About Total War: ROME II - Emperor Edition: Emperor Edition is the definitive edition of ROME II, featuring an improved politics system, overhauled building chains, rebalanced battles and improved visuals in both campaign and battle.
User reviews:
Recent:
Very Positive (481 reviews) - 83% of the 481 user reviews in the last 30 days are positive.
Overall:
Mostly Positive (28,491 reviews) - 77% of the 28,491 user reviews for this game are positive.
Release Date: Sep 2, 2013

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About This Game

About Total War: ROME II - Emperor Edition:

Emperor Edition is the definitive edition of ROME II, featuring an improved politics system, overhauled building chains, rebalanced battles and improved visuals in both campaign and battle.

In addition, Emperor Edition includes all content and feature updates made available for ROME II since its launch in September 2013. These include Twitch.TV integration, touchscreen controls, new playable factions and units, and Mac compatibility.
The Imperator Augustus Campaign Pack and all Emperor Edition content and features are free, via automatic update, to all existing ROME II owners.

About the Imperator Augustus Campaign Pack

The Imperator Augustus Campaign Pack is a new playable campaign for ROME II, which rivals the original ROME II Grand Campaign in both scope and scale. This campaign comes as part of Total War™: ROME II – Emperor Edition and is available as a free, automatic update to existing owners of Total War™: ROME II.
The Imperator Augustus Campaign Pack is set in 42 BC during the chaotic aftermath of Caesar’s grisly murder. The republic remains whole, but its soul is divided as three great men, the members of the Second Triumvirate, hold the future of Rome in the palms of their hands.

Octavian, Caesar’s adoptive son and the heir to his legacy.

Marc Antony, Caesar’s loyal friend and most trusted lieutenant.

Lepidus, Pontifex Maximus of Rome and the man who secured Caesar’s dictatorship.

With the territories of The Republic divided between them and the military might of Rome at their beck-and-call, the members of The Second Triumvirate are each in a position to make a bid for leadership, and rule Rome as its first – and only – emperor.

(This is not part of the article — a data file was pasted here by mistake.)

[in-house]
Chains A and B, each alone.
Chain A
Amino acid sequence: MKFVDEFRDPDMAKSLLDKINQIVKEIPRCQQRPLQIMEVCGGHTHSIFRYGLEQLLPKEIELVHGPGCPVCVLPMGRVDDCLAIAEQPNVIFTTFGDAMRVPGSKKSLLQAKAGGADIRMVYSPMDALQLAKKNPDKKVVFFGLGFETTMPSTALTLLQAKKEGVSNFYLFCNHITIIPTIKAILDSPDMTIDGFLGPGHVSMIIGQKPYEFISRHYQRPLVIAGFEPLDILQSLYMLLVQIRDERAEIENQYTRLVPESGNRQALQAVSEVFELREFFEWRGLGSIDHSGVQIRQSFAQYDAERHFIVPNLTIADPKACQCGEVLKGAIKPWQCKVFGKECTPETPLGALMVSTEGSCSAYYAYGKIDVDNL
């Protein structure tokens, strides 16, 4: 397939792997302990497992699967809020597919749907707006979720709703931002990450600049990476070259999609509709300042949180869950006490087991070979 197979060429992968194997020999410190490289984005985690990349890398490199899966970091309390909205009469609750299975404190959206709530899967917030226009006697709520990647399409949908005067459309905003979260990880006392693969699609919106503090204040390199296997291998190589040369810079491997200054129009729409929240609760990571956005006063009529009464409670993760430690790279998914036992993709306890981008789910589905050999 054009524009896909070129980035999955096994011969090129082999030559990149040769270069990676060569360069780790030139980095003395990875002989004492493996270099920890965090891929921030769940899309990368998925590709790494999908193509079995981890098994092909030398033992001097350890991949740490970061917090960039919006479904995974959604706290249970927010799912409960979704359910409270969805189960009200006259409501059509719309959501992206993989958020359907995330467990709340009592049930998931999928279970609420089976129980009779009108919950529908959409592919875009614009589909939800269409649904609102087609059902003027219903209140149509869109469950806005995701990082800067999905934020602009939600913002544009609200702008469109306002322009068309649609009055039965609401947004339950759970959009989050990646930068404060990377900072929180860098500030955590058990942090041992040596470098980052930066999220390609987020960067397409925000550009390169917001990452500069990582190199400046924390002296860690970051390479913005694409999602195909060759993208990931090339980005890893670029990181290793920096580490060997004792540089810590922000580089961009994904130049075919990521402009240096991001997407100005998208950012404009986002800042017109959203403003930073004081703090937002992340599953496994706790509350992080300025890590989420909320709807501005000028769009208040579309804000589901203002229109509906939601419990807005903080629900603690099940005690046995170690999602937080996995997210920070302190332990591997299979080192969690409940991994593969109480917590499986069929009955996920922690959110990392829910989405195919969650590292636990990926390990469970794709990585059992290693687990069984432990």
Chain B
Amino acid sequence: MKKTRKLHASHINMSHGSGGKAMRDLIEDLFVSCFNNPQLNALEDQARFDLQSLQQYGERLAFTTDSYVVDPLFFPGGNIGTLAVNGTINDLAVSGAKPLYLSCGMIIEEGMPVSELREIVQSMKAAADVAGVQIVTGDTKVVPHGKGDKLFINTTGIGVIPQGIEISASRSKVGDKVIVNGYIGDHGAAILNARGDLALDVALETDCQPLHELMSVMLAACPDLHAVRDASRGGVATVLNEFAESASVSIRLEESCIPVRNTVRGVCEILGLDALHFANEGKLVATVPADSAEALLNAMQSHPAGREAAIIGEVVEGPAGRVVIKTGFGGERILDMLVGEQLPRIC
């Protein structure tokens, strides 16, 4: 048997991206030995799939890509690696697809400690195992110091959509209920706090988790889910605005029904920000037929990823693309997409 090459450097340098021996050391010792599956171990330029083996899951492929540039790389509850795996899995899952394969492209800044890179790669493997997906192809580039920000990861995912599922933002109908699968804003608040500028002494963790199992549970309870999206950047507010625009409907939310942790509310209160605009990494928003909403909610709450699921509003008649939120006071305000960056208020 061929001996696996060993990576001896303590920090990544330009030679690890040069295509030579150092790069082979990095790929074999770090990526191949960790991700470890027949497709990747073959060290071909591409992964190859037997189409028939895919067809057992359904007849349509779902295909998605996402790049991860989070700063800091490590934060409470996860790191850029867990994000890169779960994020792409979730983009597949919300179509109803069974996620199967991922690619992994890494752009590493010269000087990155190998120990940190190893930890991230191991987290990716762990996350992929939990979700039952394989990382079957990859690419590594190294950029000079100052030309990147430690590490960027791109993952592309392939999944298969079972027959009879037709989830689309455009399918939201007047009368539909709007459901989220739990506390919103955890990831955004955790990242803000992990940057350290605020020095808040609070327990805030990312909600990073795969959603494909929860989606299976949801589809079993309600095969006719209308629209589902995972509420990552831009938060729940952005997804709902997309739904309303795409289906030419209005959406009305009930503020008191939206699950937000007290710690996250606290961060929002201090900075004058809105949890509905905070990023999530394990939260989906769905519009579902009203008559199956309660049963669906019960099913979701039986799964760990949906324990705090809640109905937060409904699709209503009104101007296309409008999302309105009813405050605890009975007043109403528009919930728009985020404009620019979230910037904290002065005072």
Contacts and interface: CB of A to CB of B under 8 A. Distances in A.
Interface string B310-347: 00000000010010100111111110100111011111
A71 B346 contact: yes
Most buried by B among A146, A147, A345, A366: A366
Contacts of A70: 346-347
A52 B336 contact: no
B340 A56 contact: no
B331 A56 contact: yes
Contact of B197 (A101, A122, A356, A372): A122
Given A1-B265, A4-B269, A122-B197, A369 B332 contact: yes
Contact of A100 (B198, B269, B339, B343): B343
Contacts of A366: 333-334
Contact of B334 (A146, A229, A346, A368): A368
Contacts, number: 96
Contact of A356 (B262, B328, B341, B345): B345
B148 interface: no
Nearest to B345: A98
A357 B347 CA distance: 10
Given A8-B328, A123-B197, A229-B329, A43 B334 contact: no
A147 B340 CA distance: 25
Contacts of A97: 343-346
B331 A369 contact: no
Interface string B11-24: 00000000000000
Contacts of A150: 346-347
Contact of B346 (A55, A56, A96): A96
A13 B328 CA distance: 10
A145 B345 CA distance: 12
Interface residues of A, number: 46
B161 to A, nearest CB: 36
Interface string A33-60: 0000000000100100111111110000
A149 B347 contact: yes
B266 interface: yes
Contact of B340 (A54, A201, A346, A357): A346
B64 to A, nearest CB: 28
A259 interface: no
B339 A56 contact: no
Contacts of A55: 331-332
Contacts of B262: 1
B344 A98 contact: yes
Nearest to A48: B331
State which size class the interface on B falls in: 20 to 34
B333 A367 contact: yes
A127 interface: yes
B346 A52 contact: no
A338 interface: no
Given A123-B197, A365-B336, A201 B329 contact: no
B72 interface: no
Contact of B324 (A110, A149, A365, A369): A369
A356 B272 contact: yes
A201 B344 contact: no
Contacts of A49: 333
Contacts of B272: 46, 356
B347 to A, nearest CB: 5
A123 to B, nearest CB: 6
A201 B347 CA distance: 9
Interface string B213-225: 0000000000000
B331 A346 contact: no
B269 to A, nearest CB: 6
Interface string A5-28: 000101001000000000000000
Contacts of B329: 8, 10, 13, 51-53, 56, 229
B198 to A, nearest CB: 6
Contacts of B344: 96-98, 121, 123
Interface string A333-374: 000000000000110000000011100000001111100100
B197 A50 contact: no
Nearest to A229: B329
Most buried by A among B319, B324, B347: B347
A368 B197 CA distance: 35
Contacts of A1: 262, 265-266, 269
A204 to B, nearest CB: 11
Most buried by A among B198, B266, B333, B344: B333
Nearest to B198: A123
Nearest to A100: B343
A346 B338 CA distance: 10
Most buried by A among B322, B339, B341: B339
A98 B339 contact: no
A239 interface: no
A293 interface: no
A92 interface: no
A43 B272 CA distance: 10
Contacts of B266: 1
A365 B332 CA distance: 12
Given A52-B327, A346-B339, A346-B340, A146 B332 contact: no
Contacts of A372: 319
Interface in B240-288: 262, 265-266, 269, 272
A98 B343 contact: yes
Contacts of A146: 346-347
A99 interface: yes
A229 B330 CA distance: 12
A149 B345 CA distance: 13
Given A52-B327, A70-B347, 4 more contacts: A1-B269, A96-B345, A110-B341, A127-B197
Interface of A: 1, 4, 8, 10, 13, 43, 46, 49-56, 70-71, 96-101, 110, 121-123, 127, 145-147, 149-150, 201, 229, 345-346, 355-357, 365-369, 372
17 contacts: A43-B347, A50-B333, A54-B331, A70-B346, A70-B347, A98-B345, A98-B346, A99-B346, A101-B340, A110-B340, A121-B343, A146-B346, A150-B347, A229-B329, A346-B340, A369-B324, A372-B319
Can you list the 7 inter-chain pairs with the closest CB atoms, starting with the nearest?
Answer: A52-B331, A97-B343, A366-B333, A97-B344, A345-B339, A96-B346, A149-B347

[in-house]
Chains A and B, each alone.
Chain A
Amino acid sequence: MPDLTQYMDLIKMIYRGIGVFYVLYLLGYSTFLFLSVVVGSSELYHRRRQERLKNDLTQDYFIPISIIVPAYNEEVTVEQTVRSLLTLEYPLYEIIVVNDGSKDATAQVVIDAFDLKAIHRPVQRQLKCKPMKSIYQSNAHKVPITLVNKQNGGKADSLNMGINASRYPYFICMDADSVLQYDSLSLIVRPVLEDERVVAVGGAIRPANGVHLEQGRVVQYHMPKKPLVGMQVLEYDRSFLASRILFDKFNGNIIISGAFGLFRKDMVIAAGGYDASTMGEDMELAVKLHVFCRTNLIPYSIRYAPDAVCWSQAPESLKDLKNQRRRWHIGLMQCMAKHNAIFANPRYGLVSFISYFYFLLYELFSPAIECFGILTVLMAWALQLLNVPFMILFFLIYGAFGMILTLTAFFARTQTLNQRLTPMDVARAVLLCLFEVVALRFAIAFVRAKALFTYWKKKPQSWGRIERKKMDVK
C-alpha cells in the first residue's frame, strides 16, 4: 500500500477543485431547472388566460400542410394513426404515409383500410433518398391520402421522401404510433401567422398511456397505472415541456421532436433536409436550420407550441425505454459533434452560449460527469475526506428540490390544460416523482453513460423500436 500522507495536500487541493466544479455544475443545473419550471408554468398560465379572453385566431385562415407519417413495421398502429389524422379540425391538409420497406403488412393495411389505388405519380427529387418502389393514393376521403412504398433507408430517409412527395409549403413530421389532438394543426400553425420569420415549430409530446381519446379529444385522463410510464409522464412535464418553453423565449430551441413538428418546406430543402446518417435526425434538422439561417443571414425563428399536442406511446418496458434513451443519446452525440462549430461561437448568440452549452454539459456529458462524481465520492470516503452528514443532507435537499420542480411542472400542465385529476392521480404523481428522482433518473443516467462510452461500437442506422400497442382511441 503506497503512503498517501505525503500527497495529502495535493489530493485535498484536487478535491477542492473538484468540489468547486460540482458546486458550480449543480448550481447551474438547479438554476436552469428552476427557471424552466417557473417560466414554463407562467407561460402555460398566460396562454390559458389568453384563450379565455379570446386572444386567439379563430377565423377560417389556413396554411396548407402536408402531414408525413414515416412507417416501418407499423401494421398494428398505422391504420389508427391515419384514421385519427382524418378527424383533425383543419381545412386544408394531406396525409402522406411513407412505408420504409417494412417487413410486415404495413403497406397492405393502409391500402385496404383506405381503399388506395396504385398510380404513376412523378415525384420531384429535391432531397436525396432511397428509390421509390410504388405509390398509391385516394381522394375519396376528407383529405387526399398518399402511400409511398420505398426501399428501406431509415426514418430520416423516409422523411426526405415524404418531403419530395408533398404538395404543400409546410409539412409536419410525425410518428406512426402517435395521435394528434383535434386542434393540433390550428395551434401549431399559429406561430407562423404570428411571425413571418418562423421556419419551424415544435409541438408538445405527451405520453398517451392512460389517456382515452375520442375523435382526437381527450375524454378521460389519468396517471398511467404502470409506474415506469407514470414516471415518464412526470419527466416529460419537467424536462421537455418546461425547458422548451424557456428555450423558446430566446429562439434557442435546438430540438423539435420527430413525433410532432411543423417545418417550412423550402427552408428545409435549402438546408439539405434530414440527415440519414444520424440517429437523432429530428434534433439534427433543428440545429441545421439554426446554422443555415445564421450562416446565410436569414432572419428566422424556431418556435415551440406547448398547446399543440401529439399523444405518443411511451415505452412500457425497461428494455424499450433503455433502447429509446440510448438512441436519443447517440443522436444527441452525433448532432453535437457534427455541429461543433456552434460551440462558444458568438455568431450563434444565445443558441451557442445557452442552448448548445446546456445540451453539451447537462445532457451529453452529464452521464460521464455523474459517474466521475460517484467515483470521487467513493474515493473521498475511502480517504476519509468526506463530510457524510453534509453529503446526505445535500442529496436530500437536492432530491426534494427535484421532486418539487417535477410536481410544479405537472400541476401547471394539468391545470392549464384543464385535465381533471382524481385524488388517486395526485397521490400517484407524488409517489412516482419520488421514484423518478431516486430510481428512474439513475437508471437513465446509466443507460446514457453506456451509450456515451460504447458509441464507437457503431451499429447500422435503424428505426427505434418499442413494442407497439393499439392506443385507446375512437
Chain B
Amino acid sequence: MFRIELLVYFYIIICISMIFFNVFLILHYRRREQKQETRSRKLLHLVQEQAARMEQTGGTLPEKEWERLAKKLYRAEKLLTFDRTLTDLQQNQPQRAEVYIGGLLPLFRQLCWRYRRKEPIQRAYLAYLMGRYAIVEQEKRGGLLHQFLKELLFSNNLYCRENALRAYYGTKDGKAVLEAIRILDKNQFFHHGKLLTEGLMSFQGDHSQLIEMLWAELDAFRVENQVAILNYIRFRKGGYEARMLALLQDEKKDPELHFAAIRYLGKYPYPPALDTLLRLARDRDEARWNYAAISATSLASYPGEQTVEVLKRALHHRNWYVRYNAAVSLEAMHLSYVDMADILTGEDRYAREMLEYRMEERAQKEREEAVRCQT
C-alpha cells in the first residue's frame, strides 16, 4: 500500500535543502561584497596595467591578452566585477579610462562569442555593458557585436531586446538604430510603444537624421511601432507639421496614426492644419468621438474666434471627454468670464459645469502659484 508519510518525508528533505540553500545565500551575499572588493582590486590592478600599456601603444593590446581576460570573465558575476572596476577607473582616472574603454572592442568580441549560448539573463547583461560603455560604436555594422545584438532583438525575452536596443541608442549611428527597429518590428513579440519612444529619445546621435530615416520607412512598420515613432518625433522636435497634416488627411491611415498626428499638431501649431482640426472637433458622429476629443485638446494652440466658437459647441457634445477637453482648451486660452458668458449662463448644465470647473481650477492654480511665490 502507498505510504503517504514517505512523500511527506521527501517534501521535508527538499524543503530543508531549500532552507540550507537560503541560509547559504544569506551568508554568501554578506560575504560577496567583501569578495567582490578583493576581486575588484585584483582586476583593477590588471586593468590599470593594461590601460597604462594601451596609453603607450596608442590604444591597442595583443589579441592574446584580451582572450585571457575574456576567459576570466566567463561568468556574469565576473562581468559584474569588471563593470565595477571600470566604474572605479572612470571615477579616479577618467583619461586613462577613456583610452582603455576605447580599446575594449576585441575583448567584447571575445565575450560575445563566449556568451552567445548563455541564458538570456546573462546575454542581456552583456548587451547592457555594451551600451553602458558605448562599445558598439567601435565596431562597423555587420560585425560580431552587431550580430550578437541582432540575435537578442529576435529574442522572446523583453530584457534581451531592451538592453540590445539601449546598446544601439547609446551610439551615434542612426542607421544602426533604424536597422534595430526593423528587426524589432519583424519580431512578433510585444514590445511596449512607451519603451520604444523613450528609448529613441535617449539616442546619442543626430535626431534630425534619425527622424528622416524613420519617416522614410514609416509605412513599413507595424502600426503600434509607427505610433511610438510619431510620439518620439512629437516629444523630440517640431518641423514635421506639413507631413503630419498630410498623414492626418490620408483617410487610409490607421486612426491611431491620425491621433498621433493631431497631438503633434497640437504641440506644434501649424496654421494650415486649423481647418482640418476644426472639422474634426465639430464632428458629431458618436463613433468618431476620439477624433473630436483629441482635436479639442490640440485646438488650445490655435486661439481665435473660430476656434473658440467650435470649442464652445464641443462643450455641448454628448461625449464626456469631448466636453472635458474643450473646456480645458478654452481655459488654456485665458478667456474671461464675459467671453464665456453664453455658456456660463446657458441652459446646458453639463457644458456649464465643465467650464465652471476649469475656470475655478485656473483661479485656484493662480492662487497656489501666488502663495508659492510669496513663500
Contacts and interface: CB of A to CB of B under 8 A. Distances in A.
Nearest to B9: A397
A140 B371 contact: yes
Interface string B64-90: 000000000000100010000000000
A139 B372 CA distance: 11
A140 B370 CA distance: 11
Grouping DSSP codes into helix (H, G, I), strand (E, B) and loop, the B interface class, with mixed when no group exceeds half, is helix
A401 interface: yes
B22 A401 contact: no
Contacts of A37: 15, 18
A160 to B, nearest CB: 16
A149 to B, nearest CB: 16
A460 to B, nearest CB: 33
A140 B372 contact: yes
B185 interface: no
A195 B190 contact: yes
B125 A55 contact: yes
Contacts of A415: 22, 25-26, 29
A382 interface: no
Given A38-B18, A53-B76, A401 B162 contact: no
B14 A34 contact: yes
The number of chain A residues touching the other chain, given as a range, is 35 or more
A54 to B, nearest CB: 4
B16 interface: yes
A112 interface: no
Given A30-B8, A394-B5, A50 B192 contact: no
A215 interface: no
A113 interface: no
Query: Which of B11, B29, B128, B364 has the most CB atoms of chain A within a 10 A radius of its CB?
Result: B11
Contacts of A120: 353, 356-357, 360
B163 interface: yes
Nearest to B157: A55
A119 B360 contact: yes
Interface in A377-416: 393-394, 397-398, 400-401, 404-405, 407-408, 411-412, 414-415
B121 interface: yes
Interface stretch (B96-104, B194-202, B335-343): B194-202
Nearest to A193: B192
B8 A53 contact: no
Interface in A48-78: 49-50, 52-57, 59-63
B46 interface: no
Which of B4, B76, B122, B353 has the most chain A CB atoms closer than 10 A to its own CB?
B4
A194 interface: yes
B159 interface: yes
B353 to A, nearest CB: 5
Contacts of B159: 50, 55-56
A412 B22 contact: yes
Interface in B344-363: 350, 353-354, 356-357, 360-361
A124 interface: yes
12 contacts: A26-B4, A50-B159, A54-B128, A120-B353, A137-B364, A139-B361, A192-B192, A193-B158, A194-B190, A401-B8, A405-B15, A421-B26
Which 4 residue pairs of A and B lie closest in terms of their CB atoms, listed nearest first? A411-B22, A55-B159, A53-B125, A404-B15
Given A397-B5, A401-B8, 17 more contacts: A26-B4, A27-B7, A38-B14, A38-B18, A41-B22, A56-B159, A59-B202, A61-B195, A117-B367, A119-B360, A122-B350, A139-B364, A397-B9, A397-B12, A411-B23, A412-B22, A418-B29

However, external forces are on the move, looking to exploit the instability of Rome and expand their own territories. Will you fight as a defender of Rome and defeat the other members of the Triumvirate? Or lead another faction on a campaign of conquest and expansion, and take advantage of the chaos as the Roman civil war rages?

Playable Factions

Players may embark on a new Campaign as one of the following playable factions:
Marc Antony
Lepidus
Octavian
Pompey
Iceni
Marcomanni
Dacia
Egypt
Parthia
Armenia (also now playable in the ROME II Grand Campaign).

How far will you go for Rome?

The award-winning Total War series returns to Rome, setting a brand new quality benchmark for Strategy gaming. Become the world’s first superpower and command the Ancient world’s most incredible war machine. Dominate your enemies by military, economic and political means. Your ascension will bring both admiration and jealousy, even from your closest allies.

Will you suffer betrayal or will you be the first to turn on old friends? Will you fight to save the Republic, or plot to rule alone as Emperor?

✢ Plan your conquest of the known world in a massive sandbox turn-based campaign mode (supporting additional 2-player cooperative & competitive modes). Conspiracies, politics, intrigue, revolts, loyalty, honour, ambition, betrayal. Your decisions will write your own story.

✢ Build vast armies and take to the battlefield in real-time combat mode. Put your tactical skills to the test as you directly control tens of thousands of men clashing in epic land and sea battles.

✢ Play for the glory of Rome as one of three families or take command of a huge variety of rival civilisations – each offers a notably different form of gameplay experience with hundreds of unique units from siege engines and heavy cavalry to steel-plated legionaries and barbarian berserkers.